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India China relationship: From engagement to estrangement

China is now asserting its policy of expansionism to deseat the United States of America from its position as the most powerful country in the world. In Asia, only India can stand up against the Chinese hegemony.

Vishal Singh Bhadauriya

India and China are two great Asian powers that are palying a significant role in the diplomatic and political sphere of the world. The Indo-China bilateral relationship since the independence of India has been full of hiccups, but as a nation India was the first non-communist country that recognized People’s Republic of China in April 1950.

Under the leadership of Jawaharlal Nehru, India was severely defeated by China in the war of 1962. However, the bilateral ties improved gradually in the late 80s when prime minister Rajiv Gandhi visited China in 1988 and Chinese premier Le Pang visited India in 1991. It is pertinent to understand this in the context of economic liberalization in both the countries, though China had embarked on economic reforms almost a decade ahead of India.

In the past 25 years, both the countries have built channels to resolve old disputes through dialogues and diplomacy. Today, China has emerged as one of the giant powers in terms of economy and defence, so much so, it is now asserting its policy of expansionism to deseat the United States of America from its position as the most powerful country in the world. In Asia, only India can stand up against the Chinese hegemony. China is well aware of this fact and time and again uses its devious skills to downgrade India in the international arena.

Indian governments in the past failed to take a tough stand on China. They followed the policy of appeasement vis-a-vis a China, in spite of our greater national interests being compromised, and thus they maintained economic relations with China. In 2014, when the NDA led BJP government came into power in India under the leadership of Prime Minister Narendra Modi, complete metamorphic changes were made in India’s foreign policy, especially with regards to Chinese skirmishes on Indian borders.

Border security is a priority of this government. As such, numerous border roads and infrastructure projects have been undertaken. This has provided better connectivity to Indian armed forces to safeguard the border and frontline areas. On 5 August 2019, the President of India Ramnath Kovind gave assent to legislation for the bifurcation of Jammu & Kashmir in two-units, resulting in emergence of Ladakh as Union Territory. This historic event disrupted the China-Pakistan nexus that opposed to India’s strong footing on its northern and north-western regions of Jammu & Kashmir, Ladakh as both the countries had illegally occupied these Indian territories. The first serious call had been noticed by India on 27 August 2019 when the Indian patrolling party was stopped by People's Librations Army of China in Ladakh. Recent flare-up with PLA on 5 May 2020 by the Indian Army was different because the first in 40 years both parties faced casualties. China is known to not yield any information about casualties but as per inputs by American intelligence China lost not less than 35 soldiers. This time the Chinese aggression had been failed.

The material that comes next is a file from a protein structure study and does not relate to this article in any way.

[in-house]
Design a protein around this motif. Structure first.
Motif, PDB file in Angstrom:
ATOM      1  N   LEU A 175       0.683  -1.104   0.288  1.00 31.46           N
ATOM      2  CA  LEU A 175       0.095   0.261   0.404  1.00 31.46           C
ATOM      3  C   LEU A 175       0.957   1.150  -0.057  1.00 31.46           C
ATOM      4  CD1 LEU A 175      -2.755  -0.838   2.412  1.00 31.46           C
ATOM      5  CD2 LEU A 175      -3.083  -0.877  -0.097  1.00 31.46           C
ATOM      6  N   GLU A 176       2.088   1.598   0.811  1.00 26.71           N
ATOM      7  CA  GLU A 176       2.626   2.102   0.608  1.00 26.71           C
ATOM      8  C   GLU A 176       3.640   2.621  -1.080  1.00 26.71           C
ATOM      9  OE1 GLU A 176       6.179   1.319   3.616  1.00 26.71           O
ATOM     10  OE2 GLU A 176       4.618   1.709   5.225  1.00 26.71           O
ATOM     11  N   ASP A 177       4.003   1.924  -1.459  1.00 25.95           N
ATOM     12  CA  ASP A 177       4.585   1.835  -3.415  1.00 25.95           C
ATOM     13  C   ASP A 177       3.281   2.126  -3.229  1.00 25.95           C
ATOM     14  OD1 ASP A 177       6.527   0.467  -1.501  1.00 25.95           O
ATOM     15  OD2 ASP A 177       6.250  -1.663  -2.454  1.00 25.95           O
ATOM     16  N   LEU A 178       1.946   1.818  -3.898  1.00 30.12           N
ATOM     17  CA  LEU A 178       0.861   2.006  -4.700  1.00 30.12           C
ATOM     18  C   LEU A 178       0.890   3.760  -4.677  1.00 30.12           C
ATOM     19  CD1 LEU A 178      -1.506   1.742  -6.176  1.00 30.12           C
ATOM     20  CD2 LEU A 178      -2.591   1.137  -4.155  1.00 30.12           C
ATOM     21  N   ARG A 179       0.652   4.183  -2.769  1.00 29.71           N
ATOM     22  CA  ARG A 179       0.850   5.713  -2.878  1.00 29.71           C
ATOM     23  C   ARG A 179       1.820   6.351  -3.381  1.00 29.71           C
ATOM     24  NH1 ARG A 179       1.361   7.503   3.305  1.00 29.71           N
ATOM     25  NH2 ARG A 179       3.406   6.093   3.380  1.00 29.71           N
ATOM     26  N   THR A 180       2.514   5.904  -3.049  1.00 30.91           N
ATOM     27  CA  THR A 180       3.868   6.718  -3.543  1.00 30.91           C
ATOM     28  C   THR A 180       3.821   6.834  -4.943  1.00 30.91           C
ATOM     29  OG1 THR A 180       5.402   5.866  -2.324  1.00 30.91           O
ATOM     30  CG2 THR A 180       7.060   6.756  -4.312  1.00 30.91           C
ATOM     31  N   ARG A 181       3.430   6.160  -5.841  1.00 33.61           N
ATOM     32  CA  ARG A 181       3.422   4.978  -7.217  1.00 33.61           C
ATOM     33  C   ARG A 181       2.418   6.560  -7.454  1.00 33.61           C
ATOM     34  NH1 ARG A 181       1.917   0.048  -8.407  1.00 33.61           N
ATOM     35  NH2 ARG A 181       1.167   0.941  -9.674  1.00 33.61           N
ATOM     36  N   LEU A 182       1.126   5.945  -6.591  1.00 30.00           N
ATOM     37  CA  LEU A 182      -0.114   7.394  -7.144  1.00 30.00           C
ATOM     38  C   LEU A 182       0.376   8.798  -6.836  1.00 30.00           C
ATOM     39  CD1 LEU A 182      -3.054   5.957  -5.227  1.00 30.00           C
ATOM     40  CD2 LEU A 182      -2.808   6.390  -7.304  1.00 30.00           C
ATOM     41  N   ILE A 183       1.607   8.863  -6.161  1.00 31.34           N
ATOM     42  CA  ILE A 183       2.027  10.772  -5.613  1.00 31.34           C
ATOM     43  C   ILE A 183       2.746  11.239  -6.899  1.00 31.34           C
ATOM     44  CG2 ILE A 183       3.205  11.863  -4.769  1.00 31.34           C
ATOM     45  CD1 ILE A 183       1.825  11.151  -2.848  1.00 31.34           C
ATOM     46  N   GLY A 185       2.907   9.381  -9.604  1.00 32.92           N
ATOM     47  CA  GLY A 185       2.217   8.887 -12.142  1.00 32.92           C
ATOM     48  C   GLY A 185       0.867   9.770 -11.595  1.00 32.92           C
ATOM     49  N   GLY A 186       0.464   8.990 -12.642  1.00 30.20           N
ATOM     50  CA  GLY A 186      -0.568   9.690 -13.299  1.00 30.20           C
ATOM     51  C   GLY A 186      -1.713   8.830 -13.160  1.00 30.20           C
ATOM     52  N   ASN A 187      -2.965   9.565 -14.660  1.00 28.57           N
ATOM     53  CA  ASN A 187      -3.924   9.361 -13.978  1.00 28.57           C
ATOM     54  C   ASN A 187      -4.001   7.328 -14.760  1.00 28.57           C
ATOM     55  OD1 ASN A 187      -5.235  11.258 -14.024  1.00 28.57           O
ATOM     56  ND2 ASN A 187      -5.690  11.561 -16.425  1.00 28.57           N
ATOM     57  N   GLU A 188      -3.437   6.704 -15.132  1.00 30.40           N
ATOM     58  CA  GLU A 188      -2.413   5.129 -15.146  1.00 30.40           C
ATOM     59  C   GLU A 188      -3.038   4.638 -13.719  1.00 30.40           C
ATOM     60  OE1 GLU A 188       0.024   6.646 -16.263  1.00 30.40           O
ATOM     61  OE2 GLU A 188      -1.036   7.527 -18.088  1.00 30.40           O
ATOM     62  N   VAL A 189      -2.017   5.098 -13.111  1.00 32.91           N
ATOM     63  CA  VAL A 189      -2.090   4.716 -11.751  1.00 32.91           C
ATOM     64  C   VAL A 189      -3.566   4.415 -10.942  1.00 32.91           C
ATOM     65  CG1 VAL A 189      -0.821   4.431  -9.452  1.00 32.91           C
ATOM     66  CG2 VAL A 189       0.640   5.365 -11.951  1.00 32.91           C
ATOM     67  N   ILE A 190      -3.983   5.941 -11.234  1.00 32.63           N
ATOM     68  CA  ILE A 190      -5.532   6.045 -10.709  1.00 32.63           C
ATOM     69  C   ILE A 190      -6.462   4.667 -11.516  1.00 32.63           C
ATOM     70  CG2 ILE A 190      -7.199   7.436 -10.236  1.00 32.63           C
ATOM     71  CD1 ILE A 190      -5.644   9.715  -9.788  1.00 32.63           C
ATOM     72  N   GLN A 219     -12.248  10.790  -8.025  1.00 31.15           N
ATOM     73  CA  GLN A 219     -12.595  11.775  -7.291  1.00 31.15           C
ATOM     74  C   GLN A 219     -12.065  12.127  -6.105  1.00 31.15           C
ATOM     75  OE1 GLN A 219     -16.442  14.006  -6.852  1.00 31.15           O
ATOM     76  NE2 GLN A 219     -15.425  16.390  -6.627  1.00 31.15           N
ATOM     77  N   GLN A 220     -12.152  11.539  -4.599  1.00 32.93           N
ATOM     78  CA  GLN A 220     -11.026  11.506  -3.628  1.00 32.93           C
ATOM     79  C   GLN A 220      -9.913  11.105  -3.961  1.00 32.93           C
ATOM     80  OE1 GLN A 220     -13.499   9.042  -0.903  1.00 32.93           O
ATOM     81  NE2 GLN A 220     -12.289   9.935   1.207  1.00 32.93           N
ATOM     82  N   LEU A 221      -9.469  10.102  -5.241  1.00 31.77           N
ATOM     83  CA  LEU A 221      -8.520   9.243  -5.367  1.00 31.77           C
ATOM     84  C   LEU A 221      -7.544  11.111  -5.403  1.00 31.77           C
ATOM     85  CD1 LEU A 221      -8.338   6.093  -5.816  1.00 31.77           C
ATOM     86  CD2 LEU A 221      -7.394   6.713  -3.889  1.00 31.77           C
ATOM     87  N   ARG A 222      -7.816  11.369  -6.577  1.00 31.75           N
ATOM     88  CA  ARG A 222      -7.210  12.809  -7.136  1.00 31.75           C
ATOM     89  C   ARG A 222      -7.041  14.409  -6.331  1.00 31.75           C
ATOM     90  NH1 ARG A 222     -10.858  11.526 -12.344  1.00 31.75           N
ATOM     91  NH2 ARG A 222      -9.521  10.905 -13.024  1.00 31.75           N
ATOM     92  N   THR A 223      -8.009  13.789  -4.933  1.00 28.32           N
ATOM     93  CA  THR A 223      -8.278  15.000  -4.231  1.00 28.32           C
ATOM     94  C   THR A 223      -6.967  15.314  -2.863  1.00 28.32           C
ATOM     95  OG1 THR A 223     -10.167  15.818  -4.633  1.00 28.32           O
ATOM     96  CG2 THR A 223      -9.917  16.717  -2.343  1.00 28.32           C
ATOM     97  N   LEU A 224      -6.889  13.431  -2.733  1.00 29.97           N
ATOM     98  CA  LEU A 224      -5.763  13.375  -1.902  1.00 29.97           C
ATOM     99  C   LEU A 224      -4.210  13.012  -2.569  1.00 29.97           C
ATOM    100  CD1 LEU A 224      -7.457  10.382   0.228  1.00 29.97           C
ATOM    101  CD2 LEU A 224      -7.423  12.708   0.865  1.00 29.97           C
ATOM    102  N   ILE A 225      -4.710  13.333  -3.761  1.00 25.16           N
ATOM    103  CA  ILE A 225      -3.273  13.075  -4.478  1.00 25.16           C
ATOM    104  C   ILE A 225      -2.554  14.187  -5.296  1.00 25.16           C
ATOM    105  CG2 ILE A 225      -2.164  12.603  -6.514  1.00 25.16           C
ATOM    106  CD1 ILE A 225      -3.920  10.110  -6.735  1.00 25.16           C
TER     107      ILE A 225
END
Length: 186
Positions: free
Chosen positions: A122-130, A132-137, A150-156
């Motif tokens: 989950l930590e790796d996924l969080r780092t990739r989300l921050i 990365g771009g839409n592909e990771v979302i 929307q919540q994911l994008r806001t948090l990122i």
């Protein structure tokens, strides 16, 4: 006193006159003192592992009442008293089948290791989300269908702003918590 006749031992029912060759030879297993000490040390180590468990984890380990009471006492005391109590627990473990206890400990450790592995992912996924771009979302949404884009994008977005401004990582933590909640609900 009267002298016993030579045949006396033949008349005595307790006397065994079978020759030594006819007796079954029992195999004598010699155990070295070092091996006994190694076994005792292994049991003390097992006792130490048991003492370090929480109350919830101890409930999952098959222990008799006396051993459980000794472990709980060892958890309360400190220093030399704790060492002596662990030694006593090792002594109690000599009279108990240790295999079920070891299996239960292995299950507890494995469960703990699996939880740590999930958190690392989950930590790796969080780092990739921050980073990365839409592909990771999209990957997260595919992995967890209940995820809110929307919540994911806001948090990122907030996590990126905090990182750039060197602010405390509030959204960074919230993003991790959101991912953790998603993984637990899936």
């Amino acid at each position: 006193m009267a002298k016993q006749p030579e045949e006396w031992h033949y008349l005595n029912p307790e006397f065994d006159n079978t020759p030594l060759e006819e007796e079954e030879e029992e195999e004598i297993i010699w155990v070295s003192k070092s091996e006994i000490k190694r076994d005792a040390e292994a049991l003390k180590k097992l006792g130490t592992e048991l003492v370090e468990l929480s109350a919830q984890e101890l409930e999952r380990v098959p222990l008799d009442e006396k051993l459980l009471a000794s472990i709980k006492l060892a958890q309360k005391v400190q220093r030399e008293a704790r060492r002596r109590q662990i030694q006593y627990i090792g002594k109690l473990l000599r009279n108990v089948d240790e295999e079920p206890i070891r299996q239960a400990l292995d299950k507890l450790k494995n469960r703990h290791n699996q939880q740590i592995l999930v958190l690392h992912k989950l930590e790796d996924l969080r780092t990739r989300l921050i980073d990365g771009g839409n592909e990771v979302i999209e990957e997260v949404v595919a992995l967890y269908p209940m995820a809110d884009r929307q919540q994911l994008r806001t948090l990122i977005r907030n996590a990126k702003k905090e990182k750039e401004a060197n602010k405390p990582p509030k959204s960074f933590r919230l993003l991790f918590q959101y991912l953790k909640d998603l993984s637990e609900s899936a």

Most of world powers like the US, UK, France, and Russia have manifested diplomatic goodwill for India. The American government, in the post Covid-19 world order, has openly expressed interest in aligning with India. It has also sent its three nuclear aircraft carriers to the Indo-Pacific region. India to the utter shock of China completely banned 59 Chinese apps citing security issues and took strong measures to fix the trade deficit with China.

Chinese adventurism jeopardizes the idea of Asia. Indian and Chinese bilateral ties are now on the verge of collapse. Consequently the Indian government is making stronger ties with the West, and China is strengthening its ties with Pakistan to put more pressure on India.

America is a very important player in this world region. India and America share the same ethos for democracy and cherish the idea of multiculturalism, pluralism and transparent society for the world. In the present scenario China emerges as the biggest threat to world peace making it important that India and America work together to maintain peace and stability in the region.

China-India relations are complex in their nature. India has the political will and a strong defence mechanism that can counter Chinese expansionism in the Asia as well as safeguard national interests beyond the shores of the Indian Ocean. Sun Tzu, a famous Chinese strategist, said: “Strategy without tactics is the slowest route to victory. Tactics without strategy is the noise before defeat.”

(Author is an Intern with Academics4Nation. He is a Research Scholar in BHU.)


1 Comment

Sep 01, 2020

nice and lucid illustration of the sino-indian relationship

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